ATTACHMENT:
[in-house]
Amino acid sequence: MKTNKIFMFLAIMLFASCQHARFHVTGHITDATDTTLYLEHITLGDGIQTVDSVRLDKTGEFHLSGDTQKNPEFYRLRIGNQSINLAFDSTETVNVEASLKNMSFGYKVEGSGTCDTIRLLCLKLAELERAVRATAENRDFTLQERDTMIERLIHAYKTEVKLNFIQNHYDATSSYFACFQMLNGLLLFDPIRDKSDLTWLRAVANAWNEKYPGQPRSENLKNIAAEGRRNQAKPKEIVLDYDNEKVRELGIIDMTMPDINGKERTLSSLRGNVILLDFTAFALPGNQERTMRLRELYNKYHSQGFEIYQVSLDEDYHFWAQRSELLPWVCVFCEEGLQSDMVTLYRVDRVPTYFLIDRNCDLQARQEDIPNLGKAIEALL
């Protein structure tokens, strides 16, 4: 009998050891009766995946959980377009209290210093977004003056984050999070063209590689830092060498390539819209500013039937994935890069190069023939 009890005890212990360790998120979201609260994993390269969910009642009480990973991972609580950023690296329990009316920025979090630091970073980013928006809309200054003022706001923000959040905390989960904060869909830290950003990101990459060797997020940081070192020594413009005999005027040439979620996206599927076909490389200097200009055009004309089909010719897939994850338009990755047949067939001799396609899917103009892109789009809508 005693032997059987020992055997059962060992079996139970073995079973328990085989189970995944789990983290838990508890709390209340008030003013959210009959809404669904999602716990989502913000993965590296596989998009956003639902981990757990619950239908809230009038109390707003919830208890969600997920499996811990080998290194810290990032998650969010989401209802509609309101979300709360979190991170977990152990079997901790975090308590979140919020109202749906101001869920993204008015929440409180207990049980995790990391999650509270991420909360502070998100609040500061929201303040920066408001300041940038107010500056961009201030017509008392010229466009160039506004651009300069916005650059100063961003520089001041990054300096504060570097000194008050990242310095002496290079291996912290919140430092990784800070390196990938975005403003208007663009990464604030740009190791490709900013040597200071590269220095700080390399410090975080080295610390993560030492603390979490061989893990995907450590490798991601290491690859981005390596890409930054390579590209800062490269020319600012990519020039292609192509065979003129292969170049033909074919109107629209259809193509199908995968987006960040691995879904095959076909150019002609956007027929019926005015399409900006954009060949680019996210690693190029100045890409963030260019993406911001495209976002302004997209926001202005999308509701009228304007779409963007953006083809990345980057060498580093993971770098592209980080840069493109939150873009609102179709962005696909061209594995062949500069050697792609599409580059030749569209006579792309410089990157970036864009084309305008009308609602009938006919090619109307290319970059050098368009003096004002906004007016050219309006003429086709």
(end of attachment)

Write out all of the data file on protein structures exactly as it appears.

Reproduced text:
[in-house]
Amino acid sequence: MKTNKIFMFLAIMLFASCQHARFHVTGHITDATDTTLYLEHITLGDGIQTVDSVRLDKTGEFHLSGDTQKNPEFYRLRIGNQSINLAFDSTETVNVEASLKNMSFGYKVEGSGTCDTIRLLCLKLAELERAVRATAENRDFTLQERDTMIERLIHAYKTEVKLNFIQNHYDATSSYFACFQMLNGLLLFDPIRDKSDLTWLRAVANAWNEKYPGQPRSENLKNIAAEGRRNQAKPKEIVLDYDNEKVRELGIIDMTMPDINGKERTLSSLRGNVILLDFTAFALPGNQERTMRLRELYNKYHSQGFEIYQVSLDEDYHFWAQRSELLPWVCVFCEEGLQSDMVTLYRVDRVPTYFLIDRNCDLQARQEDIPNLGKAIEALL
């Protein structure tokens, strides 16, 4: 009998050891009766995946959980377009209290210093977004003056984050999070063209590689830092060498390539819209500013039937994935890069190069023939 009890005890212990360790998120979201609260994993390269969910009642009480990973991972609580950023690296329990009316920025979090630091970073980013928006809309200054003022706001923000959040905390989960904060869909830290950003990101990459060797997020940081070192020594413009005999005027040439979620996206599927076909490389200097200009055009004309089909010719897939994850338009990755047949067939001799396609899917103009892109789009809508 005693032997059987020992055997059962060992079996139970073995079973328990085989189970995944789990983290838990508890709390209340008030003013959210009959809404669904999602716990989502913000993965590296596989998009956003639902981990757990619950239908809230009038109390707003919830208890969600997920499996811990080998290194810290990032998650969010989401209802509609309101979300709360979190991170977990152990079997901790975090308590979140919020109202749906101001869920993204008015929440409180207990049980995790990391999650509270991420909360502070998100609040500061929201303040920066408001300041940038107010500056961009201030017509008392010229466009160039506004651009300069916005650059100063961003520089001041990054300096504060570097000194008050990242310095002496290079291996912290919140430092990784800070390196990938975005403003208007663009990464604030740009190791490709900013040597200071590269220095700080390399410090975080080295610390993560030492603390979490061989893990995907450590490798991601290491690859981005390596890409930054390579590209800062490269020319600012990519020039292609192509065979003129292969170049033909074919109107629209259809193509199908995968987006960040691995879904095959076909150019002609956007027929019926005015399409900006954009060949680019996210690693190029100045890409963030260019993406911001495209976002302004997209926001202005999308509701009228304007779409963007953006083809990345980057060498580093993971770098592209980080840069493109939150873009609102179709962005696909061209594995062949500069050697792609599409580059030749569209006579792309410089990157970036864009084309305008009308609602009938006919090619109307290319970059050098368009003096004002906004007016050219309006003429086709």